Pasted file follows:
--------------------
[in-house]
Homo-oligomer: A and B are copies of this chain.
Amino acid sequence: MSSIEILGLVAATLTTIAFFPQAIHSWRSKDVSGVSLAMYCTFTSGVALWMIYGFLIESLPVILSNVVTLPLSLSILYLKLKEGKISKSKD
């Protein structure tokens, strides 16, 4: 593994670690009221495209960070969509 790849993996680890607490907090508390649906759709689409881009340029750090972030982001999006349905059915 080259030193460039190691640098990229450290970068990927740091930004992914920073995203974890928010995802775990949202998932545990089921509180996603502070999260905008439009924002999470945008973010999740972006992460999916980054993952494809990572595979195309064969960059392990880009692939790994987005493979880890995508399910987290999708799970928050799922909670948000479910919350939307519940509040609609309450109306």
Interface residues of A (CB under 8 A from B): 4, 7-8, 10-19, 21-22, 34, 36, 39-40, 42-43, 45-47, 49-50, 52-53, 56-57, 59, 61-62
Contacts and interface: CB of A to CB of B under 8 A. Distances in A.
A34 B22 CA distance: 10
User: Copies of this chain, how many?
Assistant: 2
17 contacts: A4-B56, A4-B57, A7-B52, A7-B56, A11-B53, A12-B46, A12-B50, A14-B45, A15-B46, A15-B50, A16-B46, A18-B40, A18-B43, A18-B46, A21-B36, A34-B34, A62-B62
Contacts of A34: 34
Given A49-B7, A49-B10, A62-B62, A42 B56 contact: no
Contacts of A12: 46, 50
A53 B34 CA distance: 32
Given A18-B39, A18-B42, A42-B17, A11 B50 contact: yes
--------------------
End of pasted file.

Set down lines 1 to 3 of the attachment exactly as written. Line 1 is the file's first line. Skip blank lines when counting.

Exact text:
[in-house]
Homo-oligomer: A and B are copies of this chain.
Amino acid sequence: MSSIEILGLVAATLTTIAFFPQAIHSWRSKDVSGVSLAMYCTFTSGVALWMIYGFLIESLPVILSNVVTLPLSLSILYLKLKEGKISKSKD